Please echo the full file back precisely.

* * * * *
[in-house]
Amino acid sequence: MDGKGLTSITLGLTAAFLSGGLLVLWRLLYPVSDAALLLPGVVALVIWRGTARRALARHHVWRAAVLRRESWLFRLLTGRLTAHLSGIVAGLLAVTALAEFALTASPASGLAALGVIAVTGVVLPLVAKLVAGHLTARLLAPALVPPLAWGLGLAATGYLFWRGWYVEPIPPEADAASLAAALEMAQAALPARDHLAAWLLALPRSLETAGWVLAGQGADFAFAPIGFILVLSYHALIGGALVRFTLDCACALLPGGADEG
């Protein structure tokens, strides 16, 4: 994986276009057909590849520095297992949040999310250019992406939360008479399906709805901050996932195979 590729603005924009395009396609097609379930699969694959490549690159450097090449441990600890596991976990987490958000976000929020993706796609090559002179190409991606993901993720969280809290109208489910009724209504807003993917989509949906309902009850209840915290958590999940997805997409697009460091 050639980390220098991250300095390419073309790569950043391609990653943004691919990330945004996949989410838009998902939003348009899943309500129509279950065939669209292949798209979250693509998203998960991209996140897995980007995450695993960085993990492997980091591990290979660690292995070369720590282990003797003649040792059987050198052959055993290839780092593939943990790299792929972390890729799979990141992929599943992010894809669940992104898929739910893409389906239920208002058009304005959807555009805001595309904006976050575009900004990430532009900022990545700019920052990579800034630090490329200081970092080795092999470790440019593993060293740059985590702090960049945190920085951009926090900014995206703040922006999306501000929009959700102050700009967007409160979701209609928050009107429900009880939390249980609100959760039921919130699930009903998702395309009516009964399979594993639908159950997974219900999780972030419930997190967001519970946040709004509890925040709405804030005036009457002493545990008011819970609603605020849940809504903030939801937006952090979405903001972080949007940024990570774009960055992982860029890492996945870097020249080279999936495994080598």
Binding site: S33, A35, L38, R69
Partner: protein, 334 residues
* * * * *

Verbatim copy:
[in-house]
Amino acid sequence: MDGKGLTSITLGLTAAFLSGGLLVLWRLLYPVSDAALLLPGVVALVIWRGTARRALARHHVWRAAVLRRESWLFRLLTGRLTAHLSGIVAGLLAVTALAEFALTASPASGLAALGVIAVTGVVLPLVAKLVAGHLTARLLAPALVPPLAWGLGLAATGYLFWRGWYVEPIPPEADAASLAAALEMAQAALPARDHLAAWLLALPRSLETAGWVLAGQGADFAFAPIGFILVLSYHALIGGALVRFTLDCACALLPGGADEG
């Protein structure tokens, strides 16, 4: 994986276009057909590849520095297992949040999310250019992406939360008479399906709805901050996932195979 590729603005924009395009396609097609379930699969694959490549690159450097090449441990600890596991976990987490958000976000929020993706796609090559002179190409991606993901993720969280809290109208489910009724209504807003993917989509949906309902009850209840915290958590999940997805997409697009460091 050639980390220098991250300095390419073309790569950043391609990653943004691919990330945004996949989410838009998902939003348009899943309500129509279950065939669209292949798209979250693509998203998960991209996140897995980007995450695993960085993990492997980091591990290979660690292995070369720590282990003797003649040792059987050198052959055993290839780092593939943990790299792929972390890729799979990141992929599943992010894809669940992104898929739910893409389906239920208002058009304005959807555009805001595309904006976050575009900004990430532009900022990545700019920052990579800034630090490329200081970092080795092999470790440019593993060293740059985590702090960049945190920085951009926090900014995206703040922006999306501000929009959700102050700009967007409160979701209609928050009107429900009880939390249980609100959760039921919130699930009903998702395309009516009964399979594993639908159950997974219900999780972030419930997190967001519970946040709004509890925040709405804030005036009457002493545990008011819970609603605020849940809504903030939801937006952090979405903001972080949007940024990570774009960055992982860029890492996945870097020249080279999936495994080598």
Binding site: S33, A35, L38, R69
Partner: protein, 334 residues